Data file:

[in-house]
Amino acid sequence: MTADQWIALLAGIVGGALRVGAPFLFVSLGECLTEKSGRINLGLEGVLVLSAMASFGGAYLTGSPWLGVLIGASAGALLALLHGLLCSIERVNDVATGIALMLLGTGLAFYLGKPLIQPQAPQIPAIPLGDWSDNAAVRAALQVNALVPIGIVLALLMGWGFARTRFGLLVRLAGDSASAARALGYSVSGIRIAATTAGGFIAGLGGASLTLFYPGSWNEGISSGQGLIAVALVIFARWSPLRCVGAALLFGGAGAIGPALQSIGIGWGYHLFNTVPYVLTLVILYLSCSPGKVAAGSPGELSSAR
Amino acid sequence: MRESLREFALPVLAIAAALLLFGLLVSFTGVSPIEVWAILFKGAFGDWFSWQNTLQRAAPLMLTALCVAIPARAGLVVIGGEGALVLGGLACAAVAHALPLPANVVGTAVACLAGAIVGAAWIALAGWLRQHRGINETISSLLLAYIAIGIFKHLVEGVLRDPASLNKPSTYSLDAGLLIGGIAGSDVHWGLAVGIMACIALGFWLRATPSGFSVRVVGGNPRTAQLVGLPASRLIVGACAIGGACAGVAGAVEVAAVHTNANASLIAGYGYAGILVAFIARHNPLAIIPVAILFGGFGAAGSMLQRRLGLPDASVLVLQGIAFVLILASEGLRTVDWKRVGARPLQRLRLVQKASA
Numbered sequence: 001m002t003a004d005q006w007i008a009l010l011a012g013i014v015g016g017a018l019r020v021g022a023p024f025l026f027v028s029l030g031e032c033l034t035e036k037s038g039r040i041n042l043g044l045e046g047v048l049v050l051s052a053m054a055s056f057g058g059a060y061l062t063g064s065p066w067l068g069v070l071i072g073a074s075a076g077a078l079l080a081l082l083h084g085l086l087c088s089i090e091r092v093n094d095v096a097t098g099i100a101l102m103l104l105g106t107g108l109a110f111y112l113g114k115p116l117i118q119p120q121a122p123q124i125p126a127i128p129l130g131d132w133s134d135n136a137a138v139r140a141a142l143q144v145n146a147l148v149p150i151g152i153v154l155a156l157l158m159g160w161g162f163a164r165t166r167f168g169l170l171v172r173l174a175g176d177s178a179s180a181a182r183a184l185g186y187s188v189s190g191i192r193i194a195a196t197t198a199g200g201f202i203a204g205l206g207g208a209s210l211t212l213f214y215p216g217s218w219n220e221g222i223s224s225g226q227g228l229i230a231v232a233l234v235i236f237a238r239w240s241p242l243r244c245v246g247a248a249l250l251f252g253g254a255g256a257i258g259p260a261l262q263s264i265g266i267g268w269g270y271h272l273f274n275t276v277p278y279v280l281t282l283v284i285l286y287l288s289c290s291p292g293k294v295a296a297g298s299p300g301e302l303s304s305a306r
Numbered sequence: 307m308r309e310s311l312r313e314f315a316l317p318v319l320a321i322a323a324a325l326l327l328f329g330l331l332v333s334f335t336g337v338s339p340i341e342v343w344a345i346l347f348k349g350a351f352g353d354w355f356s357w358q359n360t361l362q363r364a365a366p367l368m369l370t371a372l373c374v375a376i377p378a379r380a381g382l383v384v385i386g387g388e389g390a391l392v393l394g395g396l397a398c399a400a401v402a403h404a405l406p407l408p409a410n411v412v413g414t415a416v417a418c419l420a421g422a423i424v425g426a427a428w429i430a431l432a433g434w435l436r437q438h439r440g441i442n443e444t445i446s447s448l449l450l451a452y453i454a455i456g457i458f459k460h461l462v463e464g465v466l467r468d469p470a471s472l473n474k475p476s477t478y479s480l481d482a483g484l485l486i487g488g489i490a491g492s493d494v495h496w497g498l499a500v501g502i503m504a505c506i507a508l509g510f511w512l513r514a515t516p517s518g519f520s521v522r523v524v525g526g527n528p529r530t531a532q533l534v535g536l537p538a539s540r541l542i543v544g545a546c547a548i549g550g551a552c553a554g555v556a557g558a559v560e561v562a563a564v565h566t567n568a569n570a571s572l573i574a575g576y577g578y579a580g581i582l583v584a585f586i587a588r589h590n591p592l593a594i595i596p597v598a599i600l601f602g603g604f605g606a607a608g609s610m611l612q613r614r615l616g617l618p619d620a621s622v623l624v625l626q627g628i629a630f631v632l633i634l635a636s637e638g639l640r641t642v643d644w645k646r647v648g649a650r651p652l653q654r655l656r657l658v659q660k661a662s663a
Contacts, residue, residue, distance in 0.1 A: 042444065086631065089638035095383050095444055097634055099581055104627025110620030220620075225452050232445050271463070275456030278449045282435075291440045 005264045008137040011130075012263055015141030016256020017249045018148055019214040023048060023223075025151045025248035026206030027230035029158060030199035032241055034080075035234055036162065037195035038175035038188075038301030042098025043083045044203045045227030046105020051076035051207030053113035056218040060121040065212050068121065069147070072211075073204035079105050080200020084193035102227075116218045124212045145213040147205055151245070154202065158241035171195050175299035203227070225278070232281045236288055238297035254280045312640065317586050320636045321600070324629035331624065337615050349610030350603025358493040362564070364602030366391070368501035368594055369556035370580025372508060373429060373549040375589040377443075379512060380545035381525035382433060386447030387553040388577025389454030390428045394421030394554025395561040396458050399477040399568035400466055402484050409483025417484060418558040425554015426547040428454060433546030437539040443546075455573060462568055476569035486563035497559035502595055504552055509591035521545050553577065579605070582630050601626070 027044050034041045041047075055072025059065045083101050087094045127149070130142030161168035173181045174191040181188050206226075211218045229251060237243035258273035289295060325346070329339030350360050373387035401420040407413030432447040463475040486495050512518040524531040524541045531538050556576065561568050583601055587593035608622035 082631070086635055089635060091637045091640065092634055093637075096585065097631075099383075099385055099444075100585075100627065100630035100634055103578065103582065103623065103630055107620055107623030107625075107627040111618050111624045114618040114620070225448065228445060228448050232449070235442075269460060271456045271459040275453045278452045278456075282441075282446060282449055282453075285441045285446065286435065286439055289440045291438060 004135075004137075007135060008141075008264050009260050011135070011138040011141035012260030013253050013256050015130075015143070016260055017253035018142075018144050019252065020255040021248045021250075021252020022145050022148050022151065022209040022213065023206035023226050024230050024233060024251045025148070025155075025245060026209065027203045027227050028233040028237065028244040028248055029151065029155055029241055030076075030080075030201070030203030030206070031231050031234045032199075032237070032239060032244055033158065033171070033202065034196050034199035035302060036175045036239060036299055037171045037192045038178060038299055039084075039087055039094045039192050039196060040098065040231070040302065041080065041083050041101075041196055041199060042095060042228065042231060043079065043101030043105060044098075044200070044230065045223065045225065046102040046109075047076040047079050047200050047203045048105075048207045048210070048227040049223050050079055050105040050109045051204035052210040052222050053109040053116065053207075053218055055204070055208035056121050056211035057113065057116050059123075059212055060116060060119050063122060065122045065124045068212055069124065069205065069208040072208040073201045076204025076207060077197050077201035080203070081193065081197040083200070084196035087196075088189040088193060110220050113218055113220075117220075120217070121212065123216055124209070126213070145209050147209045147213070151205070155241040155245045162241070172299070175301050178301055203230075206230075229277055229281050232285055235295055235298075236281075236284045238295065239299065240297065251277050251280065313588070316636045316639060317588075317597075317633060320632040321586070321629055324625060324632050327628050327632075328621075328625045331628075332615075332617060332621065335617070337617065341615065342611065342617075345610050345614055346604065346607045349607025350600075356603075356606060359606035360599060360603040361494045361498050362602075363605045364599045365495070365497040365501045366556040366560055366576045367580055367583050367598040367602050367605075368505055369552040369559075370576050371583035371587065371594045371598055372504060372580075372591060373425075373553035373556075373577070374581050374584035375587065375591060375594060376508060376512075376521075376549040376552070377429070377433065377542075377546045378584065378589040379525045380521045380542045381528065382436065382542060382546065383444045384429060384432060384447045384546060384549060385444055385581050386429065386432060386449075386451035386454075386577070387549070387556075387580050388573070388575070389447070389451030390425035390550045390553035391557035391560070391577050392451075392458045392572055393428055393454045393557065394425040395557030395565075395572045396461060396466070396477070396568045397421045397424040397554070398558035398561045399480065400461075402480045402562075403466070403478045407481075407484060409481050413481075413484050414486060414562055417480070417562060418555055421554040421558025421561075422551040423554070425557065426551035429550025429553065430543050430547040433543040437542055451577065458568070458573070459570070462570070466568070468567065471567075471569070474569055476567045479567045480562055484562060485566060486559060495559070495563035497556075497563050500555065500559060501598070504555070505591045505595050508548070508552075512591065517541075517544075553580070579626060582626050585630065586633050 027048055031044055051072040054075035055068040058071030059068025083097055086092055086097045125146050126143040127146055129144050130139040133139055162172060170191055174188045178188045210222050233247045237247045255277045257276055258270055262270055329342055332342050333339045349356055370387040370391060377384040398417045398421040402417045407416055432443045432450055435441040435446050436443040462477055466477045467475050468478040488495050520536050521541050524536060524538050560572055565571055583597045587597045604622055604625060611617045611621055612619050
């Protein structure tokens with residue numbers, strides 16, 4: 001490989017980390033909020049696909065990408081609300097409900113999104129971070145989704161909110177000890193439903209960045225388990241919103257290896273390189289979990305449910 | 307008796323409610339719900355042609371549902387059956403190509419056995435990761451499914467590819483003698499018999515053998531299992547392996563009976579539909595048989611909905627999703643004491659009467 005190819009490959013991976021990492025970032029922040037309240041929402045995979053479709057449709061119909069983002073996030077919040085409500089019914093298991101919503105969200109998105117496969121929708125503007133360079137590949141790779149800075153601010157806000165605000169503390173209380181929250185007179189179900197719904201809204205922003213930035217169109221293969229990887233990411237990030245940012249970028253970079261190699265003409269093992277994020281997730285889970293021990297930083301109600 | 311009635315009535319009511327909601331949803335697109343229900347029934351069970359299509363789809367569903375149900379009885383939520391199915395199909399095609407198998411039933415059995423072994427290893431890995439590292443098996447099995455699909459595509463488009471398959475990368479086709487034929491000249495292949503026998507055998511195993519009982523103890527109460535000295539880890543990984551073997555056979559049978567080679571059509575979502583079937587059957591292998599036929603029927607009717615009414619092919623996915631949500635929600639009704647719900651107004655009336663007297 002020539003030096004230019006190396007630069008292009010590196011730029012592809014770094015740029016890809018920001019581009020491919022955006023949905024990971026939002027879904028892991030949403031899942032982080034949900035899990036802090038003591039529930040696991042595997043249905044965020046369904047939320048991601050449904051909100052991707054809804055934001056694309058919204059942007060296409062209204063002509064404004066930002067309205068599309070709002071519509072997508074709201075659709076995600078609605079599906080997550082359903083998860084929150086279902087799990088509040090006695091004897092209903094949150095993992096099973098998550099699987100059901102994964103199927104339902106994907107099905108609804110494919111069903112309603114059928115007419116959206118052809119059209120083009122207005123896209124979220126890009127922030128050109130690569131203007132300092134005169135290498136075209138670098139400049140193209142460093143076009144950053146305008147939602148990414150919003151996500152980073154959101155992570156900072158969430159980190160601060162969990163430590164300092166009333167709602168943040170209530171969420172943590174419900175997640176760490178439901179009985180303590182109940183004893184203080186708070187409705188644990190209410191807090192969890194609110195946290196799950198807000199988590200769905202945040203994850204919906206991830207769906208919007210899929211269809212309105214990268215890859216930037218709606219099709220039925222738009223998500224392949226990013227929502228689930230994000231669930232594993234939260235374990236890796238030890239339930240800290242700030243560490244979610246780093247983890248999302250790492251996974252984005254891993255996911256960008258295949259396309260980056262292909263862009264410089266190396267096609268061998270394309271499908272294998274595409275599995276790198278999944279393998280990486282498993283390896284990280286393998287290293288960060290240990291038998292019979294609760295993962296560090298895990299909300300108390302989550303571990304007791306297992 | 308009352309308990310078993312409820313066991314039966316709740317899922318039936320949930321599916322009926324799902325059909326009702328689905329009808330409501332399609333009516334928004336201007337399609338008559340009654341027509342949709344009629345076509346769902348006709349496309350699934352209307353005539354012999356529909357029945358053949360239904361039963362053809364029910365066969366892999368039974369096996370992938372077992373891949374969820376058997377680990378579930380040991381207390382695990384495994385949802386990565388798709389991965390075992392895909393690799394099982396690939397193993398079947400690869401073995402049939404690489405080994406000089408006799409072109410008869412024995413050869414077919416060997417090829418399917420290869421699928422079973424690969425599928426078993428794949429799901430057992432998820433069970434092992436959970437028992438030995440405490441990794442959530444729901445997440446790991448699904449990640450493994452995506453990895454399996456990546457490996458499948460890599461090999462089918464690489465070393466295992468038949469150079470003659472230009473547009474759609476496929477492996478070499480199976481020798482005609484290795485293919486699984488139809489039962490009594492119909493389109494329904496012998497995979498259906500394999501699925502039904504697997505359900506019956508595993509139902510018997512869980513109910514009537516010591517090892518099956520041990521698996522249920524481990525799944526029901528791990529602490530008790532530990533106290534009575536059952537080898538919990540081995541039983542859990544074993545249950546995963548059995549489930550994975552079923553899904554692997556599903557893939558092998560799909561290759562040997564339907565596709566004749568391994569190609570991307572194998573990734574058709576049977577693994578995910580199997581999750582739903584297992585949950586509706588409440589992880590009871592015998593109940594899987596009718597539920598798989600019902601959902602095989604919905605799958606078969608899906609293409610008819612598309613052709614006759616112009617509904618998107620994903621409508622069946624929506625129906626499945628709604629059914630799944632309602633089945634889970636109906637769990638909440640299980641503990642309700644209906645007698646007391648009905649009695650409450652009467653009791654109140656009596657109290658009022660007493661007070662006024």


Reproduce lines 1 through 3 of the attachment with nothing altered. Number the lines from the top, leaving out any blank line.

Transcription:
[in-house]
Amino acid sequence: MTADQWIALLAGIVGGALRVGAPFLFVSLGECLTEKSGRINLGLEGVLVLSAMASFGGAYLTGSPWLGVLIGASAGALLALLHGLLCSIERVNDVATGIALMLLGTGLAFYLGKPLIQPQAPQIPAIPLGDWSDNAAVRAALQVNALVPIGIVLALLMGWGFARTRFGLLVRLAGDSASAARALGYSVSGIRIAATTAGGFIAGLGGASLTLFYPGSWNEGISSGQGLIAVALVIFARWSPLRCVGAALLFGGAGAIGPALQSIGIGWGYHLFNTVPYVLTLVILYLSCSPGKVAAGSPGELSSAR
Amino acid sequence: MRESLREFALPVLAIAAALLLFGLLVSFTGVSPIEVWAILFKGAFGDWFSWQNTLQRAAPLMLTALCVAIPARAGLVVIGGEGALVLGGLACAAVAHALPLPANVVGTAVACLAGAIVGAAWIALAGWLRQHRGINETISSLLLAYIAIGIFKHLVEGVLRDPASLNKPSTYSLDAGLLIGGIAGSDVHWGLAVGIMACIALGFWLRATPSGFSVRVVGGNPRTAQLVGLPASRLIVGACAIGGACAGVAGAVEVAAVHTNANASLIAGYGYAGILVAFIARHNPLAIIPVAILFGGFGAAGSMLQRRLGLPDASVLVLQGIAFVLILASEGLRTVDWKRVGARPLQRLRLVQKASA